Technological innovations have granted us unprecedented advantages and conveniences. However, because of this, it is also true that we are losing ancient techniques, traditions, and practices. Moreover, due to the ageing population of skilled artisans, it has become a problem to cultivate the next generation of specialists who are willing to become their successors. Therefore, the purpose of this business-education-religion collaborative project is to foster human resources to pass down these techniques. In particular, “reproduction” techniques in the field of painting are indispensable for the preservation and restoration of important cultural assets. Daigoji Temple, whose motto is “living and live cultural assets,” has teamed up with Seian University of Art and Design to offer courses on restoration and reproduction techniques. The temple provided unconditional access to the original color paintings on silk of the Five Wisdom Kings, which have been designated as National Treasure and holds important meaning from the perspective of faith, so that they could be given new life as reproductions of the original.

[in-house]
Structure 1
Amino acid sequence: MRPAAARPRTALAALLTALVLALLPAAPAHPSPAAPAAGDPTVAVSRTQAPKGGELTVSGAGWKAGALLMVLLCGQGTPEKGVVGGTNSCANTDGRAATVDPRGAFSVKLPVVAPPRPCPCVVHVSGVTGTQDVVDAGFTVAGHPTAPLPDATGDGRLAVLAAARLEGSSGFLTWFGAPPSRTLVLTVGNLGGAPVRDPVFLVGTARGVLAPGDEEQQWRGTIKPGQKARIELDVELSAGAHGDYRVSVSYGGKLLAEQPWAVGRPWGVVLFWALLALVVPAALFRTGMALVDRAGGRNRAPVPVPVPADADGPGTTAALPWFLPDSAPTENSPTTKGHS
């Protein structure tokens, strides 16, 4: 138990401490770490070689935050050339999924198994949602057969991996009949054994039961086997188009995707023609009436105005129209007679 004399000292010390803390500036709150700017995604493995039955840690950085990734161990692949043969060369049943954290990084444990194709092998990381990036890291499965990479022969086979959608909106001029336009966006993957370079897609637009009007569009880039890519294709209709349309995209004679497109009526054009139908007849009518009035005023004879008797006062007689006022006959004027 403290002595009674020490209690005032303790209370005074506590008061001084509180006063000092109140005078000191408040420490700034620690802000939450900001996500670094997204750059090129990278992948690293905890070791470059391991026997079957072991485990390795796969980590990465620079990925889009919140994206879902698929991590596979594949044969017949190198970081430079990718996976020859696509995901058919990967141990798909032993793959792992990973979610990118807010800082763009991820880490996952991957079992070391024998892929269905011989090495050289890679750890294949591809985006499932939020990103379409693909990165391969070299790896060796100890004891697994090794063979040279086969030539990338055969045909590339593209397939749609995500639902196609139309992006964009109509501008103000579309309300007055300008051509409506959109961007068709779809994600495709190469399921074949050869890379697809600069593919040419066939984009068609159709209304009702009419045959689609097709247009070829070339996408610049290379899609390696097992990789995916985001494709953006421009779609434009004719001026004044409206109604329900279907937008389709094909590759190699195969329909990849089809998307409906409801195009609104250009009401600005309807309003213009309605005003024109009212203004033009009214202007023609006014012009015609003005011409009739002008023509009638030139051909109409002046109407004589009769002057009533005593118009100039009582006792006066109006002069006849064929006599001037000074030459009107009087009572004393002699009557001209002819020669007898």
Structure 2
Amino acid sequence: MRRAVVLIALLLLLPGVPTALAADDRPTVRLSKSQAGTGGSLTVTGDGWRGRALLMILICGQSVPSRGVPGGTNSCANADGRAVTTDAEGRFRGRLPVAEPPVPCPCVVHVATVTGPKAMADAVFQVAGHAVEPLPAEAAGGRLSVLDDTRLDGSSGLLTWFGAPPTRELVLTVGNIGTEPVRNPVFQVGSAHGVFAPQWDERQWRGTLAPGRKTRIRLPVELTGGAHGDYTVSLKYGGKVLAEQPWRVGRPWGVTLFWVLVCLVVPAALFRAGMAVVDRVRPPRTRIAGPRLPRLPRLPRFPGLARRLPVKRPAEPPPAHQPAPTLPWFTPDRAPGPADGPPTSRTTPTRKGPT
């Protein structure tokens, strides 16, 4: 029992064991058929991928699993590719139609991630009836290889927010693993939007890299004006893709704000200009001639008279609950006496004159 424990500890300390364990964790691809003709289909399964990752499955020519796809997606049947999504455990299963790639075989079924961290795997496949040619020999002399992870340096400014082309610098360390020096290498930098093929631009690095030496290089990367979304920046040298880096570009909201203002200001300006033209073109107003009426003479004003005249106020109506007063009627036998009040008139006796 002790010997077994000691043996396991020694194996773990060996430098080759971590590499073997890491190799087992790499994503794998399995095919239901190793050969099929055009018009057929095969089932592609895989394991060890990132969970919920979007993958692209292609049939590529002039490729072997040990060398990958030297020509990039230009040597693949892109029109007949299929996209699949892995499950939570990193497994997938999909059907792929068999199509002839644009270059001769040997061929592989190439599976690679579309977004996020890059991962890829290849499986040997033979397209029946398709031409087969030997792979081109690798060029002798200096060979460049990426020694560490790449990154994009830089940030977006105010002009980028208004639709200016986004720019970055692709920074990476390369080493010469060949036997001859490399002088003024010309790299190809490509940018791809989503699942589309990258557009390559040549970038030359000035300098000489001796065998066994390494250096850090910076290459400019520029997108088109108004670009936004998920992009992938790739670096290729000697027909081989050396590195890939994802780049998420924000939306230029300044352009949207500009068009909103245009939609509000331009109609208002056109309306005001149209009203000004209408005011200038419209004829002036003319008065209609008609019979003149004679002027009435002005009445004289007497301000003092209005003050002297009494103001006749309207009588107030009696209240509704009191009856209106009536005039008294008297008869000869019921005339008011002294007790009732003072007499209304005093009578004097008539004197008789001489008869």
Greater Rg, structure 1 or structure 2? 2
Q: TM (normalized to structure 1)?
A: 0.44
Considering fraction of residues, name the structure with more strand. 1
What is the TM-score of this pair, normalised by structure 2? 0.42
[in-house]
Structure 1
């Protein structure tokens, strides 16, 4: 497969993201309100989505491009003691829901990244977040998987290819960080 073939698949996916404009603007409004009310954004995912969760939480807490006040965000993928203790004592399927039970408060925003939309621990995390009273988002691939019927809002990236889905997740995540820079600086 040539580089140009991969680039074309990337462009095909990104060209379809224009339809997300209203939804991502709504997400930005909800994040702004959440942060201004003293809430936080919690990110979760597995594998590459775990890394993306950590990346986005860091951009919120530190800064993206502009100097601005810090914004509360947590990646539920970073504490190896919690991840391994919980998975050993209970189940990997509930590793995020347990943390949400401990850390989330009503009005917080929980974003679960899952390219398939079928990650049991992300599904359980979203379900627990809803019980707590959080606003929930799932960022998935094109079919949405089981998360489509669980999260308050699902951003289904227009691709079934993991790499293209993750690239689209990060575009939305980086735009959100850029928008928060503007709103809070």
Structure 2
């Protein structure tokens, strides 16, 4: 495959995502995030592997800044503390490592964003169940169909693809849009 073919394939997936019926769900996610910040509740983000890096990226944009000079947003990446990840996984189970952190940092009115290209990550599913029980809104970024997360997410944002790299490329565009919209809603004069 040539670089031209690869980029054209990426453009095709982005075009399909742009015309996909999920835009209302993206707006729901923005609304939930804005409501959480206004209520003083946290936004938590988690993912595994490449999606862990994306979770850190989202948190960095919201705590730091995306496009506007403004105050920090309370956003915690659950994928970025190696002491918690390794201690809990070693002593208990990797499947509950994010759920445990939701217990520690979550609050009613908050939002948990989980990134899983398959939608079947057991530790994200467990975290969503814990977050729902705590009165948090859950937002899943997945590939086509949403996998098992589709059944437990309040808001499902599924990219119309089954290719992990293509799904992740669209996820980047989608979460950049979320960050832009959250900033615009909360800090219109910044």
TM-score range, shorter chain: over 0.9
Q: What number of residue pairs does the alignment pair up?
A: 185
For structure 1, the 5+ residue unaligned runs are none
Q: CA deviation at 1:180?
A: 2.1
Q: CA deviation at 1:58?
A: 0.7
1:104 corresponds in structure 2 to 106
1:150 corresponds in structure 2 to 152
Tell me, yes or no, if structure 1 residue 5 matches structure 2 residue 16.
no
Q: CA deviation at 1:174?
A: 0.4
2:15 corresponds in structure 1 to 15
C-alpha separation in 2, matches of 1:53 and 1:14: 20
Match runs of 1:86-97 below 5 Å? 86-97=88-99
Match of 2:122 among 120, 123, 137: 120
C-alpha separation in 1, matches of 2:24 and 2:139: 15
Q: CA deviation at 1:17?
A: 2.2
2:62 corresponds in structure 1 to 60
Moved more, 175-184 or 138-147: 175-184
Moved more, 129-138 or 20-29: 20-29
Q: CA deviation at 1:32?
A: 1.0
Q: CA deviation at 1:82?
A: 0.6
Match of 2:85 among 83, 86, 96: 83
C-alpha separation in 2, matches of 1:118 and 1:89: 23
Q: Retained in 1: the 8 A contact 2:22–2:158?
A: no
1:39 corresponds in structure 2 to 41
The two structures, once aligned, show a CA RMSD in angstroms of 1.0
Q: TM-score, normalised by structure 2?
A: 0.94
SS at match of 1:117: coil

2. Succession of Treasures at Daigoji Temple
-Creating a System to Pass Down Temple Treasures-